Then the big day arrived but alas we didn't have transportation. So we took the last bus to the theater at about 10.30 pm, reached there at 11. The game was to start at 3 am. 4 hours my friends and I were waiting outside the theater because the SOB manager wouldn't let us in. Mind you for FOBs even March is pretty cold (i think the night temperature was around 25-30 F) In between we tried get into the Pathmark nearby but again no luck. Then it was finally 3 am and we got in the queue but were told that the doors wouldn't be opened because the theater guy had sold a little too many tickets and that there weren't enough seats for everyone. That caused people to go crazy and the cops were called. A few pepper can bottles were used. Then finally they let us in after opening up more screens.
Funny thing was that there were a few Pakistani supporters but they all pretended to be Indian supporters because they didn't want to be alienated I guess.
Wont go into the description of the game. We all know how Tendiya was at his best.
You might wonder how did the viewers celebrate the win, well Indians so had to do it in style, a lot of us smashed Snapple bottles on the concrete outside.
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dhruvdeepak

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Re: Excerpts From JW's 'Indian Summers'
« Reply #133 on: November 14, 2006, 09:19:29 PM »

My 'Indian Summers' Review (long delayed)
-----------------------------------------

John Wright's memoirs of his 5 year stint as India's coach is a brisk, easy read. He comes across as an honest, diligent man, who wanted nothing but the best possible team for the millions of Indian fans for whom cricket is their only escape from the harsh truths of everyday life. The book takes us from the beginnings - his last days as a Test cricketer, to his frustrations of a life away from cricket, and finally to his new role as coach, first for Kent and then for India. The book is replete with anecdotes, memorable little gems that keep the pages turning. His straightforward, kindly approach to writing this book leaves the reader believing that there is much to be said for the nice guy that doesnt finish last.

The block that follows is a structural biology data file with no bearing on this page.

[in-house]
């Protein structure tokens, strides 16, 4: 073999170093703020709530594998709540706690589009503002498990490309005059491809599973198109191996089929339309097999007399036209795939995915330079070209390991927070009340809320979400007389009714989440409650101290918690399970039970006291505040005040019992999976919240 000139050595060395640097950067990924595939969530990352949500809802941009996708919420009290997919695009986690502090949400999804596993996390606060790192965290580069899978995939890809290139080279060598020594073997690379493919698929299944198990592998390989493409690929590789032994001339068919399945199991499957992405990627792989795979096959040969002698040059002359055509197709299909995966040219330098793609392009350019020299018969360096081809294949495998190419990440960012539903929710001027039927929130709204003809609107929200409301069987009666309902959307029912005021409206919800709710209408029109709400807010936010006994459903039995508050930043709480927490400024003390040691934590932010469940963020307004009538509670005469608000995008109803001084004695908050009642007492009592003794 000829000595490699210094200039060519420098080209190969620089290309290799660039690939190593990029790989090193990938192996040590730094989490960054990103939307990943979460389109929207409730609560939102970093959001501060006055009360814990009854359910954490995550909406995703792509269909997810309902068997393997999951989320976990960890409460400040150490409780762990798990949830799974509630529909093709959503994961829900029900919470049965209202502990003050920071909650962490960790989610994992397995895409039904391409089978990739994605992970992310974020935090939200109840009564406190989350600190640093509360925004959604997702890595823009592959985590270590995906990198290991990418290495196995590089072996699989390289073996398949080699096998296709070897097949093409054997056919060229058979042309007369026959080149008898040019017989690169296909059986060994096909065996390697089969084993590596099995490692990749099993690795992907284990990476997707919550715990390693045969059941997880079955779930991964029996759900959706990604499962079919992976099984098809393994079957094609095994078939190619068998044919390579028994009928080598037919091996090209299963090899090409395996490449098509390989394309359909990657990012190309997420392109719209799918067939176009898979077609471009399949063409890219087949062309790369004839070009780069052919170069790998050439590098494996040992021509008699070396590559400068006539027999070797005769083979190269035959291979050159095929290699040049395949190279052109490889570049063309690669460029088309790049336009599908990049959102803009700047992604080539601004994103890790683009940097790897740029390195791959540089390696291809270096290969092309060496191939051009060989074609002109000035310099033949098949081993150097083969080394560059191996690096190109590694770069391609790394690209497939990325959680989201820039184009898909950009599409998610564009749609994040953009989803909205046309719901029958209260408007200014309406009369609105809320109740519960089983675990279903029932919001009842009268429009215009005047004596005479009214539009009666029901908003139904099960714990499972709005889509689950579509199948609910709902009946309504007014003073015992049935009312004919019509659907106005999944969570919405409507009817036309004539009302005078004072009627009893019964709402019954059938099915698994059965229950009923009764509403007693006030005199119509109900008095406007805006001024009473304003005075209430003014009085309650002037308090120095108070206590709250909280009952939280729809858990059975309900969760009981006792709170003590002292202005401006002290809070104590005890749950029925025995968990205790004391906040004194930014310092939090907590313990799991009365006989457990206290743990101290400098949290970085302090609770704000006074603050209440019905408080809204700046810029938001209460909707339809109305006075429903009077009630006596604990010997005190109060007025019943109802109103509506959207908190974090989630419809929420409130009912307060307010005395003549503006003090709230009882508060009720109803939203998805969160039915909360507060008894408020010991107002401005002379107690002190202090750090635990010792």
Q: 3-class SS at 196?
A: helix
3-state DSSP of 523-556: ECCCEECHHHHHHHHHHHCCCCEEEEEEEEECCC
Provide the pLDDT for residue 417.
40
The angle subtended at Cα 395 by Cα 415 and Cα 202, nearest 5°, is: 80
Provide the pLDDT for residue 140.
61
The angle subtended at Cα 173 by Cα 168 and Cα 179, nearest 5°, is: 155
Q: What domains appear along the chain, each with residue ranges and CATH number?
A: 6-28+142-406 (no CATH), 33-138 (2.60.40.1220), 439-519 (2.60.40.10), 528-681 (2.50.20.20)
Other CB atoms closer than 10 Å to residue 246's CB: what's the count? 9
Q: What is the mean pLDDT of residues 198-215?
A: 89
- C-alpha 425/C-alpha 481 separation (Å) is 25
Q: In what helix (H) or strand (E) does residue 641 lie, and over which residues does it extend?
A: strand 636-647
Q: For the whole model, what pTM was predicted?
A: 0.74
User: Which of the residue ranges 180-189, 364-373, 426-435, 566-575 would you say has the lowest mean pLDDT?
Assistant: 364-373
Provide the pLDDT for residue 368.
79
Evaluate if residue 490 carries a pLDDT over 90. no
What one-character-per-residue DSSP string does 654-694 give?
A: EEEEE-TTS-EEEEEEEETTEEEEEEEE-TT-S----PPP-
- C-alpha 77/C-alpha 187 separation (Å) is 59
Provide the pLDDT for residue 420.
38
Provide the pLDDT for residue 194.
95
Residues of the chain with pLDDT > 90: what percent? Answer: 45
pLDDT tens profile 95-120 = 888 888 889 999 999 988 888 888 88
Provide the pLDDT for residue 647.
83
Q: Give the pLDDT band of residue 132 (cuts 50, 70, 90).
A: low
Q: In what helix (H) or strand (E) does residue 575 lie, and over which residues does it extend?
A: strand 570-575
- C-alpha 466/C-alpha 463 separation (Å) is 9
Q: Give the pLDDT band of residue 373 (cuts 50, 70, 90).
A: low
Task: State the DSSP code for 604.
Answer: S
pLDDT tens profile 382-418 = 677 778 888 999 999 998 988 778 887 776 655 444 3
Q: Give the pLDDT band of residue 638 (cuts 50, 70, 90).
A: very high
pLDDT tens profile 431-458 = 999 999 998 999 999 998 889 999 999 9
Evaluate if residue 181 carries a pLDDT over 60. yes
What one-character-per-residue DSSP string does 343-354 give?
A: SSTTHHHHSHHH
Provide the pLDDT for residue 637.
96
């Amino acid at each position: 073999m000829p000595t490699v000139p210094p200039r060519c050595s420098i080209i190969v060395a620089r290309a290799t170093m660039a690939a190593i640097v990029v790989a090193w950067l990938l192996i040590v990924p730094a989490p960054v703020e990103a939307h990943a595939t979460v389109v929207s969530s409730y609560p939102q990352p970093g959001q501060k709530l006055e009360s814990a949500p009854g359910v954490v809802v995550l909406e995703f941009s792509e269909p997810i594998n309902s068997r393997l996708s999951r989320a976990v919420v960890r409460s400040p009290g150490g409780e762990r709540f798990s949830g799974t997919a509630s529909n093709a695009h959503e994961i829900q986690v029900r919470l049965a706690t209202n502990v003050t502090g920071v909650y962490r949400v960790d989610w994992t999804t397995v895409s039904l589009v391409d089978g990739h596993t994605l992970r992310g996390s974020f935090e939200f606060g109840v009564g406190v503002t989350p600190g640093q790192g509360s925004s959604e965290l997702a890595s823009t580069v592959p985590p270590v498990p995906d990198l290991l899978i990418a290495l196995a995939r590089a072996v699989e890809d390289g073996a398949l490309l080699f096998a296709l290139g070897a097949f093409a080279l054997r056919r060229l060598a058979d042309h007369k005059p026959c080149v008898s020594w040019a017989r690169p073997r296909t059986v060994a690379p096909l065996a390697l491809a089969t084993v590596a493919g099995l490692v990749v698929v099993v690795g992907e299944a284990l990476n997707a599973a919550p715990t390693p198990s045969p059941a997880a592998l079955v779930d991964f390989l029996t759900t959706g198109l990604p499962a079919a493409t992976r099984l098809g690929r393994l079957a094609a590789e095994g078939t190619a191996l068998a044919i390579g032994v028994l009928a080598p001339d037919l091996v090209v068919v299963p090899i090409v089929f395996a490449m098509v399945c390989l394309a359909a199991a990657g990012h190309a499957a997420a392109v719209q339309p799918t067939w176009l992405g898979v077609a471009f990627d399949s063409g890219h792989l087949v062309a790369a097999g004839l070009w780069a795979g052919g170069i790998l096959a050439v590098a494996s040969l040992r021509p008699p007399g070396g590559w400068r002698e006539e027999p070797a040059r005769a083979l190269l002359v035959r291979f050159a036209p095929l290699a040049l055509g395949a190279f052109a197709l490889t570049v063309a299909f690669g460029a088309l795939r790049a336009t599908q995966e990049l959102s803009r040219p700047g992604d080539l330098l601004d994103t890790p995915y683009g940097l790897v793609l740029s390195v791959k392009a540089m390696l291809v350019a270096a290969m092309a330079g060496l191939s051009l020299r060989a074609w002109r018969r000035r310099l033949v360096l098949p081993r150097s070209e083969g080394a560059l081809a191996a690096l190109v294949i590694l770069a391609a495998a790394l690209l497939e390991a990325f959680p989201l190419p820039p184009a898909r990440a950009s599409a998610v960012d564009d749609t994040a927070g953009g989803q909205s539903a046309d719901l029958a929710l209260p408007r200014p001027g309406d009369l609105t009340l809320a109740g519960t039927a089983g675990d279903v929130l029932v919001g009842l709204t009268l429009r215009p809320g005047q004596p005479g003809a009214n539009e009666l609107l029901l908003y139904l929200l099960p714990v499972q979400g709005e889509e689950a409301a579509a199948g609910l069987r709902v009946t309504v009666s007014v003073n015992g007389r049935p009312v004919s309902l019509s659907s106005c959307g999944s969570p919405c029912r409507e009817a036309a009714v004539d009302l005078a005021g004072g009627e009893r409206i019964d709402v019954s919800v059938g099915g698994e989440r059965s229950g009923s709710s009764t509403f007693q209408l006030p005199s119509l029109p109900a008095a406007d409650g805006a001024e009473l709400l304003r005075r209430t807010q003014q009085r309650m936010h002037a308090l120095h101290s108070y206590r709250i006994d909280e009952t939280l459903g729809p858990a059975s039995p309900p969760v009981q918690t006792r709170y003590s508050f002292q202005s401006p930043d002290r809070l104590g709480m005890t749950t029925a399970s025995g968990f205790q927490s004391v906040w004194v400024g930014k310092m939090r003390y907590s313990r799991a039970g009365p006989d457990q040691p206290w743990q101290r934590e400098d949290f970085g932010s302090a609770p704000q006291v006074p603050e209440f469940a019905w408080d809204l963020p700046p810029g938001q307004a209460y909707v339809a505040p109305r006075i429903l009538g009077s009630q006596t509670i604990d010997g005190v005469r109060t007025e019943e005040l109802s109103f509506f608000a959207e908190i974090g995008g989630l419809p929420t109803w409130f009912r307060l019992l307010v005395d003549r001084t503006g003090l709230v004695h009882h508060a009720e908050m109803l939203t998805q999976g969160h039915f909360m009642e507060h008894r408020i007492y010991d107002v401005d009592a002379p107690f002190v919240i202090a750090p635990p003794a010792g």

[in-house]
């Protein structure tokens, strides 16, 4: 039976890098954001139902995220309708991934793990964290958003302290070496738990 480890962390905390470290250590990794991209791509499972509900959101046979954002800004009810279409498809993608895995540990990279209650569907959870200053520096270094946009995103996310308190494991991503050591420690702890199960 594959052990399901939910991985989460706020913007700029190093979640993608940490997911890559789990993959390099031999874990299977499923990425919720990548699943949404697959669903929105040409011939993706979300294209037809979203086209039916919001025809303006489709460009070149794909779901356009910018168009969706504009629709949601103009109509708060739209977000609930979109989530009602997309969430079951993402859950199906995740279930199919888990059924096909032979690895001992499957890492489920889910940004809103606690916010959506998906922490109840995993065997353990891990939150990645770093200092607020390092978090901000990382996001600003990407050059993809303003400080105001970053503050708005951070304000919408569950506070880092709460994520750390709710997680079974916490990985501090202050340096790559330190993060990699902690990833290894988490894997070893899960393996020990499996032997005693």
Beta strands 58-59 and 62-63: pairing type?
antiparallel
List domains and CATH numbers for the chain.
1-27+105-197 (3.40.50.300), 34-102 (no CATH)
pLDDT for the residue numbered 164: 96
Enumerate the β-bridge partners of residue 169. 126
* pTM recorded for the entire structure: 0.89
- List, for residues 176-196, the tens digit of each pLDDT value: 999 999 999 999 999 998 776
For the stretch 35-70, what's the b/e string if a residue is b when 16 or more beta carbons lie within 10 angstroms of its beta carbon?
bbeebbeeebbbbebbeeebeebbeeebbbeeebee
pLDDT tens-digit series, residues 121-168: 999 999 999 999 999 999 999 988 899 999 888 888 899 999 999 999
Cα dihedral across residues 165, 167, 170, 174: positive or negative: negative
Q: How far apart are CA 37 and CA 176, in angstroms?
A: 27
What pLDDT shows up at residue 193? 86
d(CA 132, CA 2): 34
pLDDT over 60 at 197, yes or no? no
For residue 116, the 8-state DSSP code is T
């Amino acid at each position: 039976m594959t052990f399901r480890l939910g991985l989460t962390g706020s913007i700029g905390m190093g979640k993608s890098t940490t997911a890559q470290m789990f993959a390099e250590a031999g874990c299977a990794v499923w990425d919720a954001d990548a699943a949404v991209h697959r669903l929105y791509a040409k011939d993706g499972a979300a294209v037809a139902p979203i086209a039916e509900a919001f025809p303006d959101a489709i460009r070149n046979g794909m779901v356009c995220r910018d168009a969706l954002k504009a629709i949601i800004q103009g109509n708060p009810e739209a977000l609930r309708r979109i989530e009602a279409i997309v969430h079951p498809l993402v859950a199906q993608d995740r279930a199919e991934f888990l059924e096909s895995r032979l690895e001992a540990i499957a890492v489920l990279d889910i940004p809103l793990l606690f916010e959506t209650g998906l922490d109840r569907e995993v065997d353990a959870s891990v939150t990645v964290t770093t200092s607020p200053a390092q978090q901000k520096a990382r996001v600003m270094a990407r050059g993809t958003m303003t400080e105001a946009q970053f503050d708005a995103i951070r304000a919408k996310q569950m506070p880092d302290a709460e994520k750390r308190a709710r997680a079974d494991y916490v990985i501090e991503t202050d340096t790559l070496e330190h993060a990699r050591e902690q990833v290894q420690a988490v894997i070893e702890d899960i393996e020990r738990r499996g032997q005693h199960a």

His tale begins with the reality check of being forced to work a 9-5 job. He realizes after a few unfulfilling years that he cannot live a life away from cricket. The boredom, the inconsequential nature of his job, the longing to be back on a cricket field takes its toll on him.
"What I really missed was competing. It's pure and basic out in the middle: they've got a ball, you've got a bat. You're the master of your own destiny. You lose yourself, disappear into a zone that's impossible to replicate in everyday life...You strive to achieve a state of total concentration in which everything you know, and think you know, about the game is distilled into two or three key thoughts. Having got to that plane of intense focus, you then have to switch off at the last moment and let your instinct take over."

John Wright goes back to Kent, where Graham Cowdrey (son of colin Cowdrey) tells him that a vacant coaching post is available. For him, it is a return of sorts to where it all began. It was in Kent that he made a name for himself and staked a claim for a spot in the New Zealand team. It was as if his mind, switched off for a number of years, had suddenly come out of hibernation. He was buzzing with ideas. I suspect John also enjoyed being the center of focus again. Being the person he is, he took well to his new status.
"My name and standing had changed overnight. I was now 'Coach' and judging by the way players sought my advice and hung on my every word, it seemed as if I'd suddenly become the fount of all knowledge. I resisted the temptation to believe that."

Coaching Kent was a harsh initiation to the job, but it prepared him well for his stint with India. All the negatives one would imagine of working with the BCCI -  were there at Kent as well. The board always had a couple of gents who didnt think much of him. They were the ones that questioned him the most. This strengthened his resolve. Over his four seasons of coaching the team he developed a method which was to stand him in good stead in the years to come.

After being approached to coach the national teams of both England and New Zealand, and then summarily being cut from the list for both, he got back to focussing on Kent. In 2000, Rahul Dravid played for Kent. Several senior Indian players were pushing the BCCI to hire a foreign coach. When Kent played Lancashire (for whom Ganguly was playing), Wright had a chat with Ganguly about this as well. Colin Cowdrey (responsible for getting him the job at Kent) had a good friend in the BCCI, Raj Singh Dungarpur. This was to prove important to Wright's chances, facing competition for the job from Geoff Marsh and Greg Chappell. What also helped was that Bob Simpson (who had priorly worked with the Indian team, and was in touch with Dungarpur) had backed Wright as the man for the job. So began Wright's wondrous journey through the politics, fanaticism, chaos, passion and peace that is India.

To be continued...
« Last Edit: November 14, 2006, 09:27:26 PM by dhruvdeepak »
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LosingNow

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Re: Excerpts From JW's 'Indian Summers'
« Reply #134 on: June 25, 2008, 09:02:08 AM »

bump.....